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Little chiles

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Rod Franklin View Drop Down
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    Posted: 10 Sepeptember 2013 at 14:23
An update on my siling labuyos chiles: I planted seeds outside in April last year. Out of 7 tiny, unflowered plants brought in last fall, three survived. I put those remaining three outside and they survived even though only getting maybe 4 hours of direct sun a day.

One is now in a raised bed at a goodwill recyling center and is alive but not flowered.

The other 2 are sharing a big pot out on my back deck. After struggling along for 17 months, one plant has about 70 pods on it. I'm a happy Franklin! The other plant has no flowers.  When it gets desperate I'll fetch the goodwill plant and trim it and the other one that hasn't flowered and bring them in for the winter. I'll separate the fruiting one and bring it indoors too to hopefully allow the fruits on it to mature then I'll cut it back too. I'll do some seed sprouting experiments with the new seed.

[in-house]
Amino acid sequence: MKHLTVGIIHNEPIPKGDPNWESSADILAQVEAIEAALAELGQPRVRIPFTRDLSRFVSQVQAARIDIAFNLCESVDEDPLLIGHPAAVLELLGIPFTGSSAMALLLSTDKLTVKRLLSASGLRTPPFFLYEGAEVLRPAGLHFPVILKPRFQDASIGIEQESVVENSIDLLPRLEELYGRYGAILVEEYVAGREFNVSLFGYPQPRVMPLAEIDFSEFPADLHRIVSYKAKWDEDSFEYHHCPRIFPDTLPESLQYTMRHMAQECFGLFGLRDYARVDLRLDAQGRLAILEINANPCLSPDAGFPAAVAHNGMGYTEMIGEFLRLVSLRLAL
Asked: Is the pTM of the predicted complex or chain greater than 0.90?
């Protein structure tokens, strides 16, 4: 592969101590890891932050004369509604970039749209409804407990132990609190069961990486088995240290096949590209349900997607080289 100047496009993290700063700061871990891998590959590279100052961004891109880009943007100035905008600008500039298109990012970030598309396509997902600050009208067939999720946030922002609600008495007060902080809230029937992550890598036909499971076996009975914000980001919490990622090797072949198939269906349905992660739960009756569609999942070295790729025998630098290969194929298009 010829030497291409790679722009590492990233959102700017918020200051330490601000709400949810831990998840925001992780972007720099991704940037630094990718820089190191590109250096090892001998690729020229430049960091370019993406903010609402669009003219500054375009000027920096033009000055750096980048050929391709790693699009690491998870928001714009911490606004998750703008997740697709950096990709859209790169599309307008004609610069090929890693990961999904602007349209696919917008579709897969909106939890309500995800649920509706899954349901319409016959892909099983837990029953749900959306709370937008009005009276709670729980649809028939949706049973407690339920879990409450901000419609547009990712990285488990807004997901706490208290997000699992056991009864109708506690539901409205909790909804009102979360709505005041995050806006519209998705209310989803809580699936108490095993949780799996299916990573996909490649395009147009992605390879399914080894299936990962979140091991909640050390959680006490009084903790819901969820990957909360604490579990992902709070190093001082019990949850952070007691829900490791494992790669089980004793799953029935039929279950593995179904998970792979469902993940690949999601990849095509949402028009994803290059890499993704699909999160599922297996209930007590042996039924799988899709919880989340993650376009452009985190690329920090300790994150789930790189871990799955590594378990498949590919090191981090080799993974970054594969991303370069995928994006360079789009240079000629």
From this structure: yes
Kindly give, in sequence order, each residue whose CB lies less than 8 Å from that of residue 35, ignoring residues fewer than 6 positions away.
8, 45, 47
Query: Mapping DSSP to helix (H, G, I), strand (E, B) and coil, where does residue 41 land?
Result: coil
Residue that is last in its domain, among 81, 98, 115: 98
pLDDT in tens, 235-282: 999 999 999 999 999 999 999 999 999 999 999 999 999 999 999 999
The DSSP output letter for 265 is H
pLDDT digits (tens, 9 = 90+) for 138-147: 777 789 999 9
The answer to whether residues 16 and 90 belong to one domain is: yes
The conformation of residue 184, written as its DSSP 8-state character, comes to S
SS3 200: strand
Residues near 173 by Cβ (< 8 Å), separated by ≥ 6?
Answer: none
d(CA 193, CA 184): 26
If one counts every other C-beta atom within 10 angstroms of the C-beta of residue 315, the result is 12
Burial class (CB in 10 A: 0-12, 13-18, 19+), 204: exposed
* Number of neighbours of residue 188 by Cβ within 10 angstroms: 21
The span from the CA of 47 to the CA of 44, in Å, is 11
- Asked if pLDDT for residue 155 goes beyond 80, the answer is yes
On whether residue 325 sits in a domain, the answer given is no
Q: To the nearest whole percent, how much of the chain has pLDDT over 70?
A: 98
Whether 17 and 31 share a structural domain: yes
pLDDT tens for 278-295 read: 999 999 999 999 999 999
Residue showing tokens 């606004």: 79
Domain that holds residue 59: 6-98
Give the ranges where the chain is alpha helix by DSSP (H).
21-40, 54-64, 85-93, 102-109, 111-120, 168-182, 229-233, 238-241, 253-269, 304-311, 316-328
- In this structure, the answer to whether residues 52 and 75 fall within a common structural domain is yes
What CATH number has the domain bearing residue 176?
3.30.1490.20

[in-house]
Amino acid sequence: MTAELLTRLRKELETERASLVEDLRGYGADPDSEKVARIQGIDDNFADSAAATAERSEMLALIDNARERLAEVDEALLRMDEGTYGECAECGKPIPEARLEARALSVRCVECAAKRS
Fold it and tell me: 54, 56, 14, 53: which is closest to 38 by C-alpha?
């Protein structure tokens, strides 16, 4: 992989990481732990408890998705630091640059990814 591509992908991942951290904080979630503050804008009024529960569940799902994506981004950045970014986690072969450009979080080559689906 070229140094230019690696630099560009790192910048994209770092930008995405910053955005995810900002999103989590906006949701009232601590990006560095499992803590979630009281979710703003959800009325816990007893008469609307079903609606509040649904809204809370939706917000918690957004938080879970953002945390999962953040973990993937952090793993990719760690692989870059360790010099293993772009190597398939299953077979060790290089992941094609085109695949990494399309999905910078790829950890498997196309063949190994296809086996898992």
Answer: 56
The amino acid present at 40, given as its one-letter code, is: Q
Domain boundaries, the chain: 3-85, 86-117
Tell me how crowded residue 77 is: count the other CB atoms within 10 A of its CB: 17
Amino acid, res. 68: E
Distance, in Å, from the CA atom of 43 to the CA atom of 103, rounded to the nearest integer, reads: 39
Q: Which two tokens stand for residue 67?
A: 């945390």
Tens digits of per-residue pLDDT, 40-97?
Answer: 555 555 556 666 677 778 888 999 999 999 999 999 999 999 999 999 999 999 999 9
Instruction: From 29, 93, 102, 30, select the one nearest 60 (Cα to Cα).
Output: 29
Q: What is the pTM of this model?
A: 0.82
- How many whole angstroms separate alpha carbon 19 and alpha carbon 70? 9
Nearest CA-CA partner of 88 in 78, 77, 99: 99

So, the 18 year old seeds are still good. I have created a real genetic bottle neck though by only having one flowering/fruiting plant.

Here's some pictures of some very hot little peppers. Too bad the red color doesn't show properly. Anyone with a clue on how to fix that problem, I'm all ears.

That white thing is the cap off of a 1 liter soft drink bottle. They're not big, but they're big hot!


Hope every ones gardening efforts have paid off for them.

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Effigy View Drop Down
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Post Options Post Options   Thanks (0) Thanks(0)   Quote Effigy Quote  Post ReplyReply Direct Link To This Post Posted: 10 Sepeptember 2013 at 17:04
They look wonderful Rod,